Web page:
Editors' pick

FotoWeek DC


Editorial Review

Get ready for the photography onslaught: The annual upstart photography festival FotoWeek DC is kicking off Nov. 4 with a giant, two-venue launch party.

There are a few new things to know about this year’s festival, including the big move of FotoWeek Central to the old Borders bookstore at 18th and L streets NW — a move that will give organizers 50,000 square feet of space to play with, a mere block from the Metro. And play with it they will: 14 separate exhibitions will be held at the hub, open to the public beginning Nov. 5, including the World Press Photo exhibition, and the FotoWeekDC International Awards Competition winners. The space will also be home to the launch party and Brightest Young Things’ Young @ Heart show featuring some of the site’s best photos of the year.

Another major change this year: You’ll now have to register for a free festival pass to visit the three primary FotoWeek spaces, FotoWeek Central, the Corcoran Gallery of Art and FotoSpace in Adams Morgan. Yes, volunteers and staff will be checking for your passes at the door.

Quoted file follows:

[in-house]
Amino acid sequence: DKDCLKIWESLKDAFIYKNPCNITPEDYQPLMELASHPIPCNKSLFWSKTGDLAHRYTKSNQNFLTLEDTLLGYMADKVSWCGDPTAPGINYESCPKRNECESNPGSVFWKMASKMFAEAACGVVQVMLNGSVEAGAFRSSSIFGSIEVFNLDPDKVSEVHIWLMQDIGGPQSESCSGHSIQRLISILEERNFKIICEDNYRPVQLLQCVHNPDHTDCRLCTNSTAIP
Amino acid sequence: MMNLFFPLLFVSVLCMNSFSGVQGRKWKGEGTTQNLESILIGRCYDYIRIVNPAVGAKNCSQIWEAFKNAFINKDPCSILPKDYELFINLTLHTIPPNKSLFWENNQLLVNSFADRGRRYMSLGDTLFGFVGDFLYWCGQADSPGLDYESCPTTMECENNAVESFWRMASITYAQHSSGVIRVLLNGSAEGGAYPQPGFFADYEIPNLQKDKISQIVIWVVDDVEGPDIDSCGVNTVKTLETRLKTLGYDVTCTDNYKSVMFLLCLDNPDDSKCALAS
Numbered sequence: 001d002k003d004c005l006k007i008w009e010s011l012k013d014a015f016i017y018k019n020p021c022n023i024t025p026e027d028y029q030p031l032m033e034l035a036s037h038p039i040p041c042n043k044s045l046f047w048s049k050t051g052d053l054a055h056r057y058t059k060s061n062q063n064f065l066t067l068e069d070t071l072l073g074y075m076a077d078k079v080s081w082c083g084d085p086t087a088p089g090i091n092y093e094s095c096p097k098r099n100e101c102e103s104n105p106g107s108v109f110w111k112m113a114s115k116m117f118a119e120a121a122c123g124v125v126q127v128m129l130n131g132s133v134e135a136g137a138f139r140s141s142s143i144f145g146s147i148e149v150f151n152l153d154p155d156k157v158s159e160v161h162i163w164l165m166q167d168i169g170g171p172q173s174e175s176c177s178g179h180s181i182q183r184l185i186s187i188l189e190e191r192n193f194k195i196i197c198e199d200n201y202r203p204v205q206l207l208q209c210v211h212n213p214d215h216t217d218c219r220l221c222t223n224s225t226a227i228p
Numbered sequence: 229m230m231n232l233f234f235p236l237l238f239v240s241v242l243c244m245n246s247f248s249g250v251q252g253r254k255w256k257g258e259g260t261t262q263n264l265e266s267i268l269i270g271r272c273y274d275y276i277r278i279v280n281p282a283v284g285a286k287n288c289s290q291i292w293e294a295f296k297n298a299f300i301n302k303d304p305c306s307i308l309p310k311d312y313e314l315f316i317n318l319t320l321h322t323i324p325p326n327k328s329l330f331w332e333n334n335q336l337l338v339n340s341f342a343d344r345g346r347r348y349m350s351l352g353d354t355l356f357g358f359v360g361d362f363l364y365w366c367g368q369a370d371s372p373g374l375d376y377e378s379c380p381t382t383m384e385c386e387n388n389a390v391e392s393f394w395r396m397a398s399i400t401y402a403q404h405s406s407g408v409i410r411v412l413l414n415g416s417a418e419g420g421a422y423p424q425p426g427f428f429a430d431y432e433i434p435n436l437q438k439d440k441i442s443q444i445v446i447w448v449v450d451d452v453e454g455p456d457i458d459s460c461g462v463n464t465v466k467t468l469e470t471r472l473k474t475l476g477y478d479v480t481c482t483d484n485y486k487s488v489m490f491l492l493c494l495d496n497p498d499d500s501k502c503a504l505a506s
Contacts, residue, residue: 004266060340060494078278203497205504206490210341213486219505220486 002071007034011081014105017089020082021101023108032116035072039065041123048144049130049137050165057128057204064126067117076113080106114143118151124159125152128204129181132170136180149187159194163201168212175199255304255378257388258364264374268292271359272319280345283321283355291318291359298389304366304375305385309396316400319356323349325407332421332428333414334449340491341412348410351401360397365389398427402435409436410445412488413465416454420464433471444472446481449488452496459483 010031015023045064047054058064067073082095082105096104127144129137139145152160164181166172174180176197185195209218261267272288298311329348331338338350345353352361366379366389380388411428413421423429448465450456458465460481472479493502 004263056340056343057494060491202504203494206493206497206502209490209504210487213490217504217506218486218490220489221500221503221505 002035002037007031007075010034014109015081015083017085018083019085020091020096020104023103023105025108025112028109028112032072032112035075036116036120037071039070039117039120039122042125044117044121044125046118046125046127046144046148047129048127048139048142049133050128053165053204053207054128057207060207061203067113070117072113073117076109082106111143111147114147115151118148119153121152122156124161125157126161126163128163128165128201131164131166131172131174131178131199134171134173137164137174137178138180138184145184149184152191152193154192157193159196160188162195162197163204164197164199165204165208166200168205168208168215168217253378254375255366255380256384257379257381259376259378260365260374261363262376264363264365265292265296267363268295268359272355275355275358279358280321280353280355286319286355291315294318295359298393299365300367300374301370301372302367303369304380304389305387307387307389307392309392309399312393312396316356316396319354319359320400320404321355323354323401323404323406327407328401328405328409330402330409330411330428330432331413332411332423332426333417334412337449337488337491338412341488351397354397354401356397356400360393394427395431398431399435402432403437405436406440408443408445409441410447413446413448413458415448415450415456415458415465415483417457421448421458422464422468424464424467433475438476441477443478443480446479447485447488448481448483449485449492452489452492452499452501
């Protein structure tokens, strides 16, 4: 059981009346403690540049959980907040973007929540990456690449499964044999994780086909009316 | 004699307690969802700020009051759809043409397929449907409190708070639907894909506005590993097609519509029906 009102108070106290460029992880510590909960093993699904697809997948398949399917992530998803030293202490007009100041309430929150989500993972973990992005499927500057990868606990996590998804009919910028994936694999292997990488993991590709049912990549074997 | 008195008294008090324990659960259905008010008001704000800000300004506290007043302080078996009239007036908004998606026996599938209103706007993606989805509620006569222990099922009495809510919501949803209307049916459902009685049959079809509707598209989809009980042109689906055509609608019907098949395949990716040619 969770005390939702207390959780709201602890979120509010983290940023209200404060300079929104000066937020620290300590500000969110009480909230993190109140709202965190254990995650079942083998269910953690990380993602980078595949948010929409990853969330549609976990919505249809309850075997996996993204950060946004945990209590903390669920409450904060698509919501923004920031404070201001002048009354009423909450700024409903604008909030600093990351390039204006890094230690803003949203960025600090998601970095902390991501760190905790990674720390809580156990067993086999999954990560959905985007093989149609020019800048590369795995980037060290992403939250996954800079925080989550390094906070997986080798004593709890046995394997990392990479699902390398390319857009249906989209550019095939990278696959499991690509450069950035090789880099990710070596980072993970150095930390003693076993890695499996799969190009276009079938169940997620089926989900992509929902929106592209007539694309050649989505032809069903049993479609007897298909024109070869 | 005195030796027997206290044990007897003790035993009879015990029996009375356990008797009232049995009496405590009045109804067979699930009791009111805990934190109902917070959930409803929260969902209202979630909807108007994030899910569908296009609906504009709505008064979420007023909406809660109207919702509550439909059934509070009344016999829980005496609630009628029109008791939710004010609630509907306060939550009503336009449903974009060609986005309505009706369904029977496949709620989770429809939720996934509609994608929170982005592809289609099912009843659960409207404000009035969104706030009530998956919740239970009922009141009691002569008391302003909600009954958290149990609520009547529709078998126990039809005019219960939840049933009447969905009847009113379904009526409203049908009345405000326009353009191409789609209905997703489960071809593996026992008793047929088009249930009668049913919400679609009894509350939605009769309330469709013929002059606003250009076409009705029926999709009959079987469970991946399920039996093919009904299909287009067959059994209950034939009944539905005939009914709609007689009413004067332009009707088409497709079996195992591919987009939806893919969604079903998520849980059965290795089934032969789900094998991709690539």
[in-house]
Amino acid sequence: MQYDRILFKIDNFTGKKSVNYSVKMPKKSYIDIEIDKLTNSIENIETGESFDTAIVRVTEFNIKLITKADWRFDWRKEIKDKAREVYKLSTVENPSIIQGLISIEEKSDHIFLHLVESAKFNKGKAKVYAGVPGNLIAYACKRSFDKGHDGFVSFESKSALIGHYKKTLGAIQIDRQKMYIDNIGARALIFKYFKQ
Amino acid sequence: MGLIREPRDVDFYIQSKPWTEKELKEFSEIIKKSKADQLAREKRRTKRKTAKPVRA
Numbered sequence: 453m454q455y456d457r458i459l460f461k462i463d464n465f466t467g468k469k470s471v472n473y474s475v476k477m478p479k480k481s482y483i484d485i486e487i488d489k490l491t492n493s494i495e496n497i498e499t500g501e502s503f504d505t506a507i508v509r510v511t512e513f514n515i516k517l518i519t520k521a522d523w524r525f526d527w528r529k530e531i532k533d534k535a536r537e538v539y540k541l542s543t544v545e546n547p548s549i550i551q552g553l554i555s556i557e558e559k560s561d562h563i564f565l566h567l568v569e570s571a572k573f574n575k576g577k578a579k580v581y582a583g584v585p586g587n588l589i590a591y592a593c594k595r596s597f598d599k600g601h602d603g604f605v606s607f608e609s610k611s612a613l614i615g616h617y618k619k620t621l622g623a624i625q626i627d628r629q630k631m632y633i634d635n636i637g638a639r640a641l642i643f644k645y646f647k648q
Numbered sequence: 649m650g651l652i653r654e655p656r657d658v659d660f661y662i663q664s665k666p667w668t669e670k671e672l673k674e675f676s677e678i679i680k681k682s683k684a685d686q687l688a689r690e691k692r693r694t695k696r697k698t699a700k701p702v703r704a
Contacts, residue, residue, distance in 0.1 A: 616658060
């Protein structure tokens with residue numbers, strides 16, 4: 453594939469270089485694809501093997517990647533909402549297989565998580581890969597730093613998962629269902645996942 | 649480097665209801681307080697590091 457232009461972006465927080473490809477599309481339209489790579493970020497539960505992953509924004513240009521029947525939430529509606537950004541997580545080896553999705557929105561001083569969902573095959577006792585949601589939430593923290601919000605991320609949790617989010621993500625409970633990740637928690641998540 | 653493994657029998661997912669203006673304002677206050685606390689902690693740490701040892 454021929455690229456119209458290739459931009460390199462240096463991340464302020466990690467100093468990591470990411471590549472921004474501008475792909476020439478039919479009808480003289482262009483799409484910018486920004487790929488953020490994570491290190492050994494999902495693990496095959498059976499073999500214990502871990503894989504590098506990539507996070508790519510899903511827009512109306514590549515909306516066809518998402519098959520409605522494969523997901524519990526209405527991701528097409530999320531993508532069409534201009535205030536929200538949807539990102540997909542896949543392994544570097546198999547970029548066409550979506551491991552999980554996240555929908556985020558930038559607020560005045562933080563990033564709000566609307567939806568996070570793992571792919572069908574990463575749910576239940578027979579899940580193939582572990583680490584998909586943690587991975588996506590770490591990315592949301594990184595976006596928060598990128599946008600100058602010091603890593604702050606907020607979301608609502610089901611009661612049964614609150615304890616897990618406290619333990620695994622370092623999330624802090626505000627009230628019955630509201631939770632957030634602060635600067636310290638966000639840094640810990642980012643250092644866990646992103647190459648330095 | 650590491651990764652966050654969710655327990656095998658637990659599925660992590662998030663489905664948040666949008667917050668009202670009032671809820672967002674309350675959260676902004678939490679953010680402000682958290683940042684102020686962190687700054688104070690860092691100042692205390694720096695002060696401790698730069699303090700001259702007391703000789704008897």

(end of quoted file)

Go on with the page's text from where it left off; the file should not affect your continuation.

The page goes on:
For Washingtonians accustomed to walking freely into museums with little more than a bag check, being asked to show your pass can feel like a rights violation. But festival founder and organizer Theo Adamstein explains that it’s just a way of recording how many people are attending FotoWeek, a detail the festival needs to apply for much-needed grants each year. No one will be turned away if you don’t pre-register online, but you will still have to register on-site.

You’ll also have to get tickets (at anywhere from $10 to $75) for certain festival events, such as Young @ Heart, the popular Night Visions all-night photo shoot and portfolio reviews. But FotoWeek could pick up the tab for a lucky few: Organizers will give away 150 free tickets to fans of the festival’s Facebook page, and 30 of those will be for the Nov. 4 launch party (which saves the lucky winners a whopping $55). “The concept,” says Adamstein, “is for as much as possible to be free.”

--Lavanya Ramanathan, Oct. 28, 2011